SOM Analyst is software written in the Python language and was created to make the use of self-organizing maps (SOMs) more accessible for users of geographic information systems (GIS). The broader impact of this work is to contribute to geographic information science, the science behind GIS, by incorporating a method that is usable with datasets that challenge current methods. These challenges include the sear volume of data as well as the number of variables that can cause some methods, or at least their implementation, to fail altogether or become unusable because of the amount of time need for computation. SOMs are by no means a cure all, they have several limitations and can be difficult to interpret. The following is a brief introduction to SOMs and a quick start guide to using SOM Analyst.
Self-organizing maps (SOMs) are artificial neural networks created using a method originally developed for signal processing. However, the use of this method is not limited to signal processing, it can be used for any dataset, especially those that contain many variables and/or instances. Essentially the method approximates an “optimal” spatial arrangement such that spatial distances are related to data similarity. As with all reductions of the number of independent variables distortions are produced. This means that spatial distances are consequently not strictly proportional to data similarity, however there is a tendency towards proportionality and as such can demonstrate qualities similar to geographic space. This is especially true since SOMs typically create two-dimensional spaces, although more dimensions and different shapes can be used. The space a SOM creates can have widely differing results from producing only clusters to producing only hierarchies and everything in between.
Overview of Parameters
The results of a SOM depend on both the parameters specified by the user as well as qualities of the data. I will begin by defining each of the parameters of a SOM as well as some of the qualities of data that are important to keep in mind.
- SOMs have the following variables:
- x-dimension: the resolution in the x direction
- y-dimension: the resolution in the y direction
- number of variables: the number of variables from the data
- topology: the arrangement of the units in the SOM
- neighborhood type: the relationship between units in the SOM
Dimensions of the SOM
The user has complete control of the x and y dimensions of the SOM and this greatly affects what kind of results will be achieved. It can be helpful to think of the size of the dataset and what you want the results to be. For example, if you are more interested in a classification you might choose to use 7 times as many units in the SOM as you have in your data. In this way, a perfectly even distribution would yield a single neuron for each of the input data with no adjacency. If you wanted to use the SOM more for clustering then you might only use 9 units in total. Once you have chosen the number of units, then the question of what ratio between the x and y dimensions is relevant. The easiest solution is to have both dimensions be the same, however varying their ratio changes the shape of the achievable topology. For example, if you were interested in a simple ordering you might choose one of the dimensions to only have a length of 1, which would result in a linear SOM and each unit would represent a place on a scale. Ultimately, the decision must be based on the desired results and the compatibility of SOM topology with that of the data topology.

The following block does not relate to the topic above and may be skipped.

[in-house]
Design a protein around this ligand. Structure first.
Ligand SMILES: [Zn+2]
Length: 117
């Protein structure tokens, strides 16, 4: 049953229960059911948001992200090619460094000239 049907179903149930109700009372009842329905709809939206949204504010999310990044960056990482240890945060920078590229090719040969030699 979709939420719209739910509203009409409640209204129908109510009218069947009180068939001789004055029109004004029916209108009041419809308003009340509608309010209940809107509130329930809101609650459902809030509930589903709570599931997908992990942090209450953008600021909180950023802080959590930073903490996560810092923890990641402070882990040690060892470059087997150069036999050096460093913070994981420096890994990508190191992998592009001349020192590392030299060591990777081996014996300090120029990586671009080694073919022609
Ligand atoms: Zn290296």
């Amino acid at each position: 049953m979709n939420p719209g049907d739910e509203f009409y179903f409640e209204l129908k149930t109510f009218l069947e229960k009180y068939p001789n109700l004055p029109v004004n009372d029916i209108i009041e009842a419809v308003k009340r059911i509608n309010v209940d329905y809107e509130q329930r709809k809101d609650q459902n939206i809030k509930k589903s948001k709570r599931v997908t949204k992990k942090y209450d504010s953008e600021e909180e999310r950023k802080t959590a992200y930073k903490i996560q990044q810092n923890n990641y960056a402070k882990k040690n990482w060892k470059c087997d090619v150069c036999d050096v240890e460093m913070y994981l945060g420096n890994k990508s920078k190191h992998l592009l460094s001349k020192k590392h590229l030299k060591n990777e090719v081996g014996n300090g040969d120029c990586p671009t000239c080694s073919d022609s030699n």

Characteristics of SOM Training
SOM training has the variables: * run length: the total number of times data is present to the SOM * neighborhood size: the distance over which the training acts * learning rate: the rate at which the training changes values
The run length of the training is the number of times data is presented to the SOM. For example, if your data had 10 vectors in it and you chose a run length of 100, each of the vectors would be presented 10 times. The vectors are presented in the order they appear in the data, so a run length of 102 would present the first two vectors more than the rest.
The neighborhood size is the distance over which the neighborhood area is selected. This affects the resolution at which the data acts and is what directly defines area over which the lateral cohesion of the SOM forms. If the neighborhood size is too small, the SOM will result in little areas that are overspecialized surround by large areas that are not specialized. If the neighborhood size is too big then the SOM will be one large area that doesn’t distinguish data into different classes. In many instances the SOM is first trained with a large neighborhood and trained a second time with a smaller neighborhood.
The learning rate is the rate at which the SOM changes its values to correspond with the input data. A rate too high will produce areas that are overspecialized. A rate too low will produce areas that are not specialized enough.
Determining the correct parameters for your data can be difficult to determine, however that are several guidelines that can be helpful. Small numbers of neurons produces clusters, while large numbers produce hierarchies. Small neighborhood sizes will yield spatially small clusters or hierarchies that can be widely dispersed, while large neighborhood sizes yield large clusters and little hierarchy. High learning rates yield a more specialized SOM, but this can also be overspecialized, while low learning rates yield a more generalized SOM that may have a clear structure.